Conserving energy in Ontario? That’ll cost you…
Use it at night and pay big; use it in the day and pay more!
Toronto Hydro and Hydro One want more money—because we conserve!
Not everybody saves their hydro bills, but I do, and what a surprise! I have proof Toronto Hydro wants even more money from us ratepayers, perhaps to ensure that they continue to make above market profits to continue paying large dividends to their owners (the City of Toronto) and to protect (and increase?) the bonuses paid to executives.
I recently compared my Toronto Hydro bill of July 16, 2014 to the bill for July 25, 2011. I was pleasantly surprised to see that our consumption had fallen by 760 kWh, or 19.1%.
Surely we would be rewarded for conservation. Alas, no: the bill was actually $60.33 (12.5%) higher than our three-year old bill.
In fact, the per/kWh rate increased 39.1% in just three years for Toronto Hydro customers, increases presumably blessed by the Ontario Energy Board (OEB), the regulatory body that oversees the sector.
It turns out that the OEB is a fan of inclusiveness and recently ran an idea up the flagpole that would do away with the per/kWh charge for the “delivery” portion of our electricity bills. This was described by John Spears in the Toronto Star on June 17, 2014: “ Householders should pay their local hydro utility a fixed monthly amount for electricity delivery, no matter how much power they use, a draft report by the Ontario Energy Board proposes.”
Apparently, a review process started in late 2012 and a number of parties submitted views, but the OEB only offered three choices:
- A single monthly charge which is the same for all consumers within the rate class;
- A fixed monthly charge with the size of the charge based on the size of the electrical connection; and
- A fixed monthly charge where the size of the charge is based on use during peak hours.
The local distribution companies loved number 1; the submission from Hydro One outlined the effect on their customers which would hit the lowest user to the worst extent. Some of the price increases projected would increase costs by over 400% for the lowest users but decrease costs for the larger consumers penalizing the most vulnerable. The CLD (Coalition of Large Distributors) also support option 1, noting: “In this regard, Proposal 1 represents the most easily implemented of the three options. The CLD believes that in order for a fixed rate design to achieve the Board’s goal of providing consumers with tools for managing their costs, consumer education and bill-redesign are critical success factors.”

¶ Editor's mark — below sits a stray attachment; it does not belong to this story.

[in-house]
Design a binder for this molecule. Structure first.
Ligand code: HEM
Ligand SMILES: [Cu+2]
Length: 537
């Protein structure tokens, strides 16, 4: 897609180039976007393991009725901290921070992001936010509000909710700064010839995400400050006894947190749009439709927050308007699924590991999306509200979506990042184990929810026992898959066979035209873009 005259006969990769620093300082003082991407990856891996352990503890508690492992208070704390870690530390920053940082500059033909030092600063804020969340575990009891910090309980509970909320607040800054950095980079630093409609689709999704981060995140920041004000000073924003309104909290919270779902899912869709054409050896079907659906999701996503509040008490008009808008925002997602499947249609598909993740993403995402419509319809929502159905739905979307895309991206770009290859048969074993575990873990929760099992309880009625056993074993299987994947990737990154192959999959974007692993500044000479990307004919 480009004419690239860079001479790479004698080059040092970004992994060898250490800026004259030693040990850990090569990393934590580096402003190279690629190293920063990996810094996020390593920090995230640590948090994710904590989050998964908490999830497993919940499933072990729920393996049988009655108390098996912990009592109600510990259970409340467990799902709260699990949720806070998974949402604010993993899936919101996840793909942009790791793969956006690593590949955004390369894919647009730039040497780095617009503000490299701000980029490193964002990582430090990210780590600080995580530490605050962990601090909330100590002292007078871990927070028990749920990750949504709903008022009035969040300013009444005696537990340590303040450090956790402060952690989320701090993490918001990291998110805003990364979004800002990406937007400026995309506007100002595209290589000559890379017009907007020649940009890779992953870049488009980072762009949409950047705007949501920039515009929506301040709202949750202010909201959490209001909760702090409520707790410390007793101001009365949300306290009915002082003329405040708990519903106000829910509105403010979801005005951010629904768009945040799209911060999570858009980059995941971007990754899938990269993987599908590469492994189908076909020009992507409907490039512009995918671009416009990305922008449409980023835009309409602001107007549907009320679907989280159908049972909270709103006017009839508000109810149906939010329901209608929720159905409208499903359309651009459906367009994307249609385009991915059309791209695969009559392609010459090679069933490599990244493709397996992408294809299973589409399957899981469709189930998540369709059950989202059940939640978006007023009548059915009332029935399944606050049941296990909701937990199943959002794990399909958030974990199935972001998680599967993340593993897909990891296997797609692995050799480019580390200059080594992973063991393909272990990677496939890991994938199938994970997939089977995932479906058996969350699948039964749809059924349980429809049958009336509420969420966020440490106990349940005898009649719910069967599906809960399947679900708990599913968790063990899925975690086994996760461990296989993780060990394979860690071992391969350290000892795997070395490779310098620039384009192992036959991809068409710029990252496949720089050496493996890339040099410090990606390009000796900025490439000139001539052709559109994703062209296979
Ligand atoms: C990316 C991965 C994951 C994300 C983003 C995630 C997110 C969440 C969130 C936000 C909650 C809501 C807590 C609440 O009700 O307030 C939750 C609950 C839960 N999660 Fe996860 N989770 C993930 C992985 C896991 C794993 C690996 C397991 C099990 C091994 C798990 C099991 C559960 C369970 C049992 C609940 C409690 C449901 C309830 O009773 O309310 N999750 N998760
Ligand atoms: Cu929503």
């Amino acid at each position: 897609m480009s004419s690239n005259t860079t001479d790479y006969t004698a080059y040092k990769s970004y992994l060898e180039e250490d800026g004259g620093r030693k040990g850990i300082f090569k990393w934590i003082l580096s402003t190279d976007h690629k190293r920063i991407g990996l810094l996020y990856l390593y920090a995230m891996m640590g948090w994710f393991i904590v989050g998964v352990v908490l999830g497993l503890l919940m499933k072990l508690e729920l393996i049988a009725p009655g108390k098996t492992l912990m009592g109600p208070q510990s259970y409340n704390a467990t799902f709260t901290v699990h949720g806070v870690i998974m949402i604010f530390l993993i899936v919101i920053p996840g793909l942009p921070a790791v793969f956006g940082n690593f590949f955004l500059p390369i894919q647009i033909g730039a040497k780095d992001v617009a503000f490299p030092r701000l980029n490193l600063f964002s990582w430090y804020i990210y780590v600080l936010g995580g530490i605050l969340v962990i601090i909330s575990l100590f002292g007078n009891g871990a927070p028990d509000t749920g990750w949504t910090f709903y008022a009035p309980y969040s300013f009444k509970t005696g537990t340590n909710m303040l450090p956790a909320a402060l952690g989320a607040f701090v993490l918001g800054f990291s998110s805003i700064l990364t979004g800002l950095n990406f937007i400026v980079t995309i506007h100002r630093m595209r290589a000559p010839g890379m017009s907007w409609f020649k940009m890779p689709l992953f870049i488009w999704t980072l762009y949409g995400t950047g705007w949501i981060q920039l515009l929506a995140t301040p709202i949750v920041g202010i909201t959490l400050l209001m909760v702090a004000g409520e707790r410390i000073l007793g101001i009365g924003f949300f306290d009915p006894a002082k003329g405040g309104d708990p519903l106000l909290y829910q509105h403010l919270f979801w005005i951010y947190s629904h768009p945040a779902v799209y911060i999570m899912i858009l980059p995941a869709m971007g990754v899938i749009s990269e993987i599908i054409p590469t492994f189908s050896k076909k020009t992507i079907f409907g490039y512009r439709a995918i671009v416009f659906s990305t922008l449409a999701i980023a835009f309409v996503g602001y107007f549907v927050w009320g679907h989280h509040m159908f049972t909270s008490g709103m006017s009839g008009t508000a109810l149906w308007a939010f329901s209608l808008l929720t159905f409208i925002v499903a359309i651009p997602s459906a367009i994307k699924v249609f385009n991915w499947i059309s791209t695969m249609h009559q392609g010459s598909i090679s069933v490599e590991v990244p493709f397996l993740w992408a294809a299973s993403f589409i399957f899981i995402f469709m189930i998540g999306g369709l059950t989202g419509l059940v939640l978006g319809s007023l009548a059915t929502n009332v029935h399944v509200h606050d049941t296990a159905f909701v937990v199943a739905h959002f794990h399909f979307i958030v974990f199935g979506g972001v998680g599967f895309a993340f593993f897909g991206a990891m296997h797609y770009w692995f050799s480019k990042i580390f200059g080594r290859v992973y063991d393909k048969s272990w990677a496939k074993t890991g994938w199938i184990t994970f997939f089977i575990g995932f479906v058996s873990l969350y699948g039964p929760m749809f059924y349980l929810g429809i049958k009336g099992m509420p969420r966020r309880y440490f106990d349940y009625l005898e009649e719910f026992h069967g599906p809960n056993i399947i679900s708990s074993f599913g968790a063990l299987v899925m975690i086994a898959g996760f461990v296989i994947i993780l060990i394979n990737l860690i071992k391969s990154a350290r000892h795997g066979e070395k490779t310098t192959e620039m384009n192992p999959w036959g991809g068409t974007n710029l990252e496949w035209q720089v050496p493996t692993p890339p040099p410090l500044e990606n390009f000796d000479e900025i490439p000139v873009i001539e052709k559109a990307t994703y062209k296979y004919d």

Based on the results, providing ratepayers with “ tools for managing” our costs simply costs us more!
The LDCs generally loved the OEB’s concept but dissenters were also evident as several groups opposed it and suggested that the “conservation” push evident for so many years under the Liberal “rule” was in jeopardy.
“Conservation” also reminded me of an article jointly published with Scott Luft on Energy Probe which, coincidentally, occurred almost three years ago. The article articulated the cost of “conservation” and contained this quote from former Ontario Premier, Dalton McGuinty: “Our government will make it possible for Ontarians in every home, business and government office to save energy, save their hard-earned money and save our environment … Smart meters, together with more flexible pricing, would allow Ontarians to save money if they run appliances in off-peak hours.”
It now appears that saving our “hard-earned money” has absolutely nothing to do with “conservation” despite the Liberal government and unbridled endorsement from the Environmental Commissioner, Gord Miller.
Should this OEB “one-size-fits-all” idea proceed, we should expect rates to head higher with the benefits flowing to large consumers at the expense of the small ones.
Could be a gain for the marijuana “grow-ops” as they seem to have suffered from high power rates along with Ontario’s legitimate businesses, as noted in a recent Global News report!
Building Ontario “up,” says Kathleen Wynne and her government; I guess that means, starting with higher bills for everyone.
July 30, 2014
The views expressed here are those of the author and do not represent Wind Concerns Ontario policy.